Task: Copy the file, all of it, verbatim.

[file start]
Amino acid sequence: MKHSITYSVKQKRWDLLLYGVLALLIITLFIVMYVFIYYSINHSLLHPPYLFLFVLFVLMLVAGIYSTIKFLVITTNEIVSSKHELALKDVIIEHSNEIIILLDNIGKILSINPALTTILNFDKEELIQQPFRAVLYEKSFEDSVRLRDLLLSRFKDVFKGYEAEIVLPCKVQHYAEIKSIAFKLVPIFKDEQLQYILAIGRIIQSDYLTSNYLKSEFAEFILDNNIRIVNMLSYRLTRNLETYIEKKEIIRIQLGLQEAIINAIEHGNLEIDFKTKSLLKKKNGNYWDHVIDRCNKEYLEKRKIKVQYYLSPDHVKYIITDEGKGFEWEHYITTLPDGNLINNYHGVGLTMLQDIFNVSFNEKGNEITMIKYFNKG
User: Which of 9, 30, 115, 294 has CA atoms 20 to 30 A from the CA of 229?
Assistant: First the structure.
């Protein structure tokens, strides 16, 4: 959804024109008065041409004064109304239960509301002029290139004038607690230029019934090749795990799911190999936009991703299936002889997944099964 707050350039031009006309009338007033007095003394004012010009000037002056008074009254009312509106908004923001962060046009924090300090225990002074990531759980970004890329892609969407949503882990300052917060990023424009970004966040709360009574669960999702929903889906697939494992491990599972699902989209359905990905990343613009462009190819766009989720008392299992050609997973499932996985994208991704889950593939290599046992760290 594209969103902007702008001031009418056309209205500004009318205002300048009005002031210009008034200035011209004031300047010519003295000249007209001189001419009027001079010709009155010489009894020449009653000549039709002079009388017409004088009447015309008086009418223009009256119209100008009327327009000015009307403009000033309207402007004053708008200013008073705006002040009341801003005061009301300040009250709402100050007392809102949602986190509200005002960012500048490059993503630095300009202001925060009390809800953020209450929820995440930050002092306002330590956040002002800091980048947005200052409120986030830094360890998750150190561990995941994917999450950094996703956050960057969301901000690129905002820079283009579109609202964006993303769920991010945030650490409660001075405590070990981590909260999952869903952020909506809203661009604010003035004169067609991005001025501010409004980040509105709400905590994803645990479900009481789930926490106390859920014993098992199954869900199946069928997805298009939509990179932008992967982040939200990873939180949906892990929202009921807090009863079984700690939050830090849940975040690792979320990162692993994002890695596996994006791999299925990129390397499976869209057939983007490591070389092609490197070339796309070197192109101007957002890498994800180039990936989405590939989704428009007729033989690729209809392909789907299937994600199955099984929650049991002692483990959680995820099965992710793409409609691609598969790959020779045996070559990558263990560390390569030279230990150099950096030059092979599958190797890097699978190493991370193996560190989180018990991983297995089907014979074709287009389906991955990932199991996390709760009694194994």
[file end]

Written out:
Amino acid sequence: MKHSITYSVKQKRWDLLLYGVLALLIITLFIVMYVFIYYSINHSLLHPPYLFLFVLFVLMLVAGIYSTIKFLVITTNEIVSSKHELALKDVIIEHSNEIIILLDNIGKILSINPALTTILNFDKEELIQQPFRAVLYEKSFEDSVRLRDLLLSRFKDVFKGYEAEIVLPCKVQHYAEIKSIAFKLVPIFKDEQLQYILAIGRIIQSDYLTSNYLKSEFAEFILDNNIRIVNMLSYRLTRNLETYIEKKEIIRIQLGLQEAIINAIEHGNLEIDFKTKSLLKKKNGNYWDHVIDRCNKEYLEKRKIKVQYYLSPDHVKYIITDEGKGFEWEHYITTLPDGNLINNYHGVGLTMLQDIFNVSFNEKGNEITMIKYFNKG
User: Which of 9, 30, 115, 294 has CA atoms 20 to 30 A from the CA of 229?
Assistant: First the structure.
């Protein structure tokens, strides 16, 4: 959804024109008065041409004064109304239960509301002029290139004038607690230029019934090749795990799911190999936009991703299936002889997944099964 707050350039031009006309009338007033007095003394004012010009000037002056008074009254009312509106908004923001962060046009924090300090225990002074990531759980970004890329892609969407949503882990300052917060990023424009970004966040709360009574669960999702929903889906697939494992491990599972699902989209359905990905990343613009462009190819766009989720008392299992050609997973499932996985994208991704889950593939290599046992760290 594209969103902007702008001031009418056309209205500004009318205002300048009005002031210009008034200035011209004031300047010519003295000249007209001189001419009027001079010709009155010489009894020449009653000549039709002079009388017409004088009447015309008086009418223009009256119209100008009327327009000015009307403009000033309207402007004053708008200013008073705006002040009341801003005061009301300040009250709402100050007392809102949602986190509200005002960012500048490059993503630095300009202001925060009390809800953020209450929820995440930050002092306002330590956040002002800091980048947005200052409120986030830094360890998750150190561990995941994917999450950094996703956050960057969301901000690129905002820079283009579109609202964006993303769920991010945030650490409660001075405590070990981590909260999952869903952020909506809203661009604010003035004169067609991005001025501010409004980040509105709400905590994803645990479900009481789930926490106390859920014993098992199954869900199946069928997805298009939509990179932008992967982040939200990873939180949906892990929202009921807090009863079984700690939050830090849940975040690792979320990162692993994002890695596996994006791999299925990129390397499976869209057939983007490591070389092609490197070339796309070197192109101007957002890498994800180039990936989405590939989704428009007729033989690729209809392909789907299937994600199955099984929650049991002692483990959680995820099965992710793409409609691609598969790959020779045996070559990558263990560390390569030279230990150099950096030059092979599958190797890097699978190493991370193996560190989180018990991983297995089907014979074709287009389906991955990932199991996390709760009694194994």